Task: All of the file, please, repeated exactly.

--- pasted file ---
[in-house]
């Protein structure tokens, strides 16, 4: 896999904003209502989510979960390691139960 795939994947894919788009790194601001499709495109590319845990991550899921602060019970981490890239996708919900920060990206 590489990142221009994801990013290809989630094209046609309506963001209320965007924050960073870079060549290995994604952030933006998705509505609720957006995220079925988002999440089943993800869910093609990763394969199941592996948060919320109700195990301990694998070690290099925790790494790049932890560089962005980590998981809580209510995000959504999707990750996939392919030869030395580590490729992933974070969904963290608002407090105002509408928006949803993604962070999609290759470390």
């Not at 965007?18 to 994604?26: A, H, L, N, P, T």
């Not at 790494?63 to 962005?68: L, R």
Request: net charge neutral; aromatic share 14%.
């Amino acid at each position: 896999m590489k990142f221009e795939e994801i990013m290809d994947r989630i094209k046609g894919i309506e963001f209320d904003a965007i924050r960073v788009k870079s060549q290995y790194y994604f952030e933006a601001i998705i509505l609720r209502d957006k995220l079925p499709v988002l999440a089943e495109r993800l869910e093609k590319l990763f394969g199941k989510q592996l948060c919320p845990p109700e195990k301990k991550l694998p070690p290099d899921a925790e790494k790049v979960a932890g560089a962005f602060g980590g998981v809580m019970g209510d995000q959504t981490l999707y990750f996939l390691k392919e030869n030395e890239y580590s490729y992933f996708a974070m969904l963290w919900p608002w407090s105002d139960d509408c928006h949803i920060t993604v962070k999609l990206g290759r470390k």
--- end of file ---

[in-house]
């Protein structure tokens, strides 16, 4: 896999904003209502989510979960390691139960 795939994947894919788009790194601001499709495109590319845990991550899921602060019970981490890239996708919900920060990206 590489990142221009994801990013290809989630094209046609309506963001209320965007924050960073870079060549290995994604952030933006998705509505609720957006995220079925988002999440089943993800869910093609990763394969199941592996948060919320109700195990301990694998070690290099925790790494790049932890560089962005980590998981809580209510995000959504999707990750996939392919030869030395580590490729992933974070969904963290608002407090105002509408928006949803993604962070999609290759470390």
């Not at 965007?18 to 994604?26: A, H, L, N, P, T």
């Not at 790494?63 to 962005?68: L, R």
Request: net charge neutral; aromatic share 14%.
């Amino acid at each position: 896999m590489k990142f221009e795939e994801i990013m290809d994947r989630i094209k046609g894919i309506e963001f209320d904003a965007i924050r960073v788009k870079s060549q290995y790194y994604f952030e933006a601001i998705i509505l609720r209502d957006k995220l079925p499709v988002l999440a089943e495109r993800l869910e093609k590319l990763f394969g199941k989510q592996l948060c919320p845990p109700e195990k301990k991550l694998p070690p290099d899921a925790e790494k790049v979960a932890g560089a962005f602060g980590g998981v809580m019970g209510d995000q959504t981490l999707y990750f996939l390691k392919e030869n030395e890239y580590s490729y992933f996708a974070m969904l963290w919900p608002w407090s105002d139960d509408c928006h949803i920060t993604v962070k999609l990206g290759r470390k």